Dr. Douglas L. Ragland

Retired Superintendent of Schools

Literacy Plan​

Keys to a Comprehensive Literacy Program

Based on my experiences as Superintendent of Schools in two respective school districts, I am sharing the steps, components and makeup of a Literacy Plan that we utilized to great success.

I. Step One-Identification of Data System and School-Wide-This section illustrates assessment tools, practices, alignment, philosophy, and leadership that are essential means to enhance students academically via assessment, planning, teaching, re-teaching, and final mastering of skills. The following gives a comprehensive view of our essential tools in implementing and meeting the needs of our students via our literacy plan.

     A. Assessment Tools and Measures

1. Analysis of Demographic Data from Standardized Tests

2. Pre and Post Testing According to Analysis of Data

3. Curriculum Alignment K-12 and Postsecondary

4. Standardized Testing- Stanford Achievement Test (SAT), Alabama Reading and Math Test (ARMT), and Alabama High School Graduation Exams (AHSGE)

5. Statewide Writing Assessments

6. Statewide Science Assessments

7. Individualized Education Plans

8. Gifted Testing and Programs

9. Think Link Testing

10. Semester Exams

11. Reading Initiative

12. Alabama Math and Science Technology

13. Advanced Placement Exams for Academic Core Courses such as English, Literature and Comprehension, Mathematics, World History, and Social Studies Science.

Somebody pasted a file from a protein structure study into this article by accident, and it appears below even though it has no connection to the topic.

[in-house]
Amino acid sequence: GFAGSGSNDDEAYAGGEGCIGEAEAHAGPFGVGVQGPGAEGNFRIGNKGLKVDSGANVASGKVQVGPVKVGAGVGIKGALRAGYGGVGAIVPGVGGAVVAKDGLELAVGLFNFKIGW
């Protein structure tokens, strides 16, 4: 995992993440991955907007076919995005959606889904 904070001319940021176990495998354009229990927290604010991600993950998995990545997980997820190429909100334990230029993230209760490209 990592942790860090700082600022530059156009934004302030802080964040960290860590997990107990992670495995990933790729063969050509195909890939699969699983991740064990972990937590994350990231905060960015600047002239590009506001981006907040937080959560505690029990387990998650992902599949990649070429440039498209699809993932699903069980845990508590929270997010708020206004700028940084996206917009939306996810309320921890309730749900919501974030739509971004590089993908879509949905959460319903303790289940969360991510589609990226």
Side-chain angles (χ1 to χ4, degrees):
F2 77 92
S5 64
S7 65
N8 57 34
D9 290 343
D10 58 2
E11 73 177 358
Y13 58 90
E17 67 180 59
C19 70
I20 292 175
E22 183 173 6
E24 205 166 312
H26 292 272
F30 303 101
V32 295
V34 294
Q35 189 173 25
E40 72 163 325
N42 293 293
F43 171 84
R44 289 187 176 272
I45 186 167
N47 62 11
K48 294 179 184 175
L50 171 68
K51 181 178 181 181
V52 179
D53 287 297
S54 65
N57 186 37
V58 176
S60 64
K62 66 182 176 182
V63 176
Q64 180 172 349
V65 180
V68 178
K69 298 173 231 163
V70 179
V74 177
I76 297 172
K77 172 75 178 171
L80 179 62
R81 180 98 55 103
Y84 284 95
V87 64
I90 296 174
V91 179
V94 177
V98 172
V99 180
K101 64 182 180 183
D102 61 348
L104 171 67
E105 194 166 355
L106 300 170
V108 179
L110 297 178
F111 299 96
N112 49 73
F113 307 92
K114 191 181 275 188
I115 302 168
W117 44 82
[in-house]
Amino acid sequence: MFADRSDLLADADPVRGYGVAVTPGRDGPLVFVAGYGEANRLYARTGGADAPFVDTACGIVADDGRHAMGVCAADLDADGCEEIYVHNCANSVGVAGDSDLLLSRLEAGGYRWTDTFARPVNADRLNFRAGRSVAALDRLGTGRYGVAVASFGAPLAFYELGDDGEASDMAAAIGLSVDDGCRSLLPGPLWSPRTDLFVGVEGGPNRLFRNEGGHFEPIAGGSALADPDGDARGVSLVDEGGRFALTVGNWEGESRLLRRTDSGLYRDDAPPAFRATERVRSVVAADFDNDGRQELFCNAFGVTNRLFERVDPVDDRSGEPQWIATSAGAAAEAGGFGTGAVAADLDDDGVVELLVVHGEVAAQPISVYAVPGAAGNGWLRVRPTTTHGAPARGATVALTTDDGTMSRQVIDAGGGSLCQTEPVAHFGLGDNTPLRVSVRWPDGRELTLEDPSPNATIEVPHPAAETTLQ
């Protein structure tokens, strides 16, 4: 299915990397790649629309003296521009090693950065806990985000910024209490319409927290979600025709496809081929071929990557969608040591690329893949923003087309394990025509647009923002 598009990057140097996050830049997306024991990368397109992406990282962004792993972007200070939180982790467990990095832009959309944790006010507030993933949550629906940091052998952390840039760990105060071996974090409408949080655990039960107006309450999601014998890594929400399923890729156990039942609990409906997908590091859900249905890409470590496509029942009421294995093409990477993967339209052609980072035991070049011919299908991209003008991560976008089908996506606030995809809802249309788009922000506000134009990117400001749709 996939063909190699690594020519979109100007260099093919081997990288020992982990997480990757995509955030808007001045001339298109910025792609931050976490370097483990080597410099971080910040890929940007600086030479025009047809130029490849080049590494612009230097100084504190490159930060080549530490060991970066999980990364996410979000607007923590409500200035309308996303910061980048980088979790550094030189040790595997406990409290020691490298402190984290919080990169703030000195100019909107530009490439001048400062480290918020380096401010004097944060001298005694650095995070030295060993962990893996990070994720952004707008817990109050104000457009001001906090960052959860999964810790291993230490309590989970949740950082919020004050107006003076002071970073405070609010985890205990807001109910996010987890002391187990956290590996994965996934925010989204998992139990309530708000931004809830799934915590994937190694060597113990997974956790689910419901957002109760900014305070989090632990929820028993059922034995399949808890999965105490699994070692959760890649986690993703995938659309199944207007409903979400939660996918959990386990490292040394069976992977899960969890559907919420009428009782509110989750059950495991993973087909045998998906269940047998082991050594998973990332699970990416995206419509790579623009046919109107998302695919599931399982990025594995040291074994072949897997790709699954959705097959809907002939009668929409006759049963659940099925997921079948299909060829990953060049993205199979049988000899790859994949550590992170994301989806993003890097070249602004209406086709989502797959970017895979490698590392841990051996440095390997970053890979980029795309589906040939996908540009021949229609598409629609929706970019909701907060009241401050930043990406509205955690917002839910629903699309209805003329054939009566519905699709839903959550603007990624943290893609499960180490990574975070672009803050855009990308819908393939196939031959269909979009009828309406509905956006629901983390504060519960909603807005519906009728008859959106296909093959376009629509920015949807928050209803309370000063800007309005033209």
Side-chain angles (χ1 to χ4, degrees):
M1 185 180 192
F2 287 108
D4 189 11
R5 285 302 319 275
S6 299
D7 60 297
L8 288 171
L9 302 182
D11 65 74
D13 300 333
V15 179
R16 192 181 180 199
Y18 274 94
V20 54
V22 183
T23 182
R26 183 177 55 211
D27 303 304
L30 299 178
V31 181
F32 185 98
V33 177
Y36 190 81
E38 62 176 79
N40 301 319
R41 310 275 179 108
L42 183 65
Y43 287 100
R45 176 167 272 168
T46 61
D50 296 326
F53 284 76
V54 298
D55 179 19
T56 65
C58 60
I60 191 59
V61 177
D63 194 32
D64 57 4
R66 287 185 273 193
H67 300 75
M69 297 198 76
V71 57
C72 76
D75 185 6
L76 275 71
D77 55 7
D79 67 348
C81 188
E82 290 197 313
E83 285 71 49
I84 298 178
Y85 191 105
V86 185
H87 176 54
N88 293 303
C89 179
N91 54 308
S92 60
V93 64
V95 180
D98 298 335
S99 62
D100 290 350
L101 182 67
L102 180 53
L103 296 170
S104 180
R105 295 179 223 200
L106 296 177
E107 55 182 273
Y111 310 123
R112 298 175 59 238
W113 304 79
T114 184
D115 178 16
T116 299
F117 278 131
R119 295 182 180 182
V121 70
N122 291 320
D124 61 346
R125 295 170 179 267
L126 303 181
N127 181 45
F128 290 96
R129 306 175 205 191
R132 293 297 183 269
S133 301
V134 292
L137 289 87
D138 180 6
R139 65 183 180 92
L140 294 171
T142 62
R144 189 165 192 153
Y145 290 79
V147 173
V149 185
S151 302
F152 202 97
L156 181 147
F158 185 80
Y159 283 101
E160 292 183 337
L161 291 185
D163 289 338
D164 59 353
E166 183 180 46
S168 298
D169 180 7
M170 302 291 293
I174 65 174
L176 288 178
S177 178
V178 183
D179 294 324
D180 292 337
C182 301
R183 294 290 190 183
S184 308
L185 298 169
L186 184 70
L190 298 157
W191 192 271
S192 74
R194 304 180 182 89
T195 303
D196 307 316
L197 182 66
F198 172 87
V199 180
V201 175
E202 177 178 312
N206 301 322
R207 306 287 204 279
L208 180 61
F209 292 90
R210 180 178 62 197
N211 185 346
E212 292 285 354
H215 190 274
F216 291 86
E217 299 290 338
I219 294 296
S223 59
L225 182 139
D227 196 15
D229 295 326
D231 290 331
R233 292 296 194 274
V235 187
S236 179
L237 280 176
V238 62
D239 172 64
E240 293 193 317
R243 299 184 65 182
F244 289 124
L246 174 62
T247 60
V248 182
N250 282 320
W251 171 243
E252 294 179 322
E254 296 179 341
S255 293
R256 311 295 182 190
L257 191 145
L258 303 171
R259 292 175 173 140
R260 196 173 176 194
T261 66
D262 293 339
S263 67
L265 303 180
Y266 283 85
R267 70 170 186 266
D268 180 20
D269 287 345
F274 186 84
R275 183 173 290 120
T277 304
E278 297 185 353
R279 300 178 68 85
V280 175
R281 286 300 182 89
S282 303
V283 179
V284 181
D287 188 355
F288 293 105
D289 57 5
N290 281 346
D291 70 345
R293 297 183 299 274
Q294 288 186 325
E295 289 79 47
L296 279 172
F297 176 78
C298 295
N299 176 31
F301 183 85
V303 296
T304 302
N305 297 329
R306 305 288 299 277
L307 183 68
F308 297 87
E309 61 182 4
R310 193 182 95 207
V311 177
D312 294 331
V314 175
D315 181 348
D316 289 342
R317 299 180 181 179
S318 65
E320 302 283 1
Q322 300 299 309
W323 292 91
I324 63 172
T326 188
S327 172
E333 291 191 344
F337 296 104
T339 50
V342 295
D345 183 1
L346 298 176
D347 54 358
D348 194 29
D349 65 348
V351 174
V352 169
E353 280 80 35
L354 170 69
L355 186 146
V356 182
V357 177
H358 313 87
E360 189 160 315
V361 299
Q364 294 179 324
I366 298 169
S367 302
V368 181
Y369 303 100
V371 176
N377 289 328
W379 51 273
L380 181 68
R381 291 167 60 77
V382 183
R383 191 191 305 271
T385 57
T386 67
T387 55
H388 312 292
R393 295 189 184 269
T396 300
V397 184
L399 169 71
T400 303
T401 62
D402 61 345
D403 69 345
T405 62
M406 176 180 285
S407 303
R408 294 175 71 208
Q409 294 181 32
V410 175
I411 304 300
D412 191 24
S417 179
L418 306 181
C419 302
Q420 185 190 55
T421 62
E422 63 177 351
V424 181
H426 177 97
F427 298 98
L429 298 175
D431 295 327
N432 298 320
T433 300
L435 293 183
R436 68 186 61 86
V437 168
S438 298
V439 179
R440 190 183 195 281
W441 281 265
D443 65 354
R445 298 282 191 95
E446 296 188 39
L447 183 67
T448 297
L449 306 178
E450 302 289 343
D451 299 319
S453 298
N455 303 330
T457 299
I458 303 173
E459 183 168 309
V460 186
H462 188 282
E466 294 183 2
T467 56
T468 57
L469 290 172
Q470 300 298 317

14. Dual Enrollment Courses with Higher Education for Career Development.

15. Career Technical Opportunities for Success via Business Industry Certified Courses tailored to meet the students and community needs in an effort to prepare students for success in the Business and Industry World. These courses were as follows: Business/Marketing, Cosmetology, Health Science, Agri-Science, Agri-Technology, Business Education, Business, Automotive Technology, Family and Consumer Science, and Cooperative Education.

16. Evaluation of student performance via benchmark testing, semester and end of the year exams, quizzes, tests, classroom activities and the like.

17. Evaluation of Personnel via Professional Education Personnel Evaluation System via observations, structured interviews, pre and post conferences, professional development, and analysis of performance of students throughout the year.

This was in essence our data analysis system-wide, as well as within the schools that ensured success in literacy for our students and district.

B.     The Comprehensive Mission Statement and Philosophy of the District(s)

The Mission Statement for the School Systems I served was as follows: Our mission is to have a world class school system by educating every child fully, serving every stakeholder, immensely, and consequently ensuring the optimal success of our children, parents and community at large. Our district will be known for a Tradition of Excellence and Pathway for Success, thus leaving no child, no parent and no community behind!!! Remember, Together Everyone Accomplishes More (TEAM).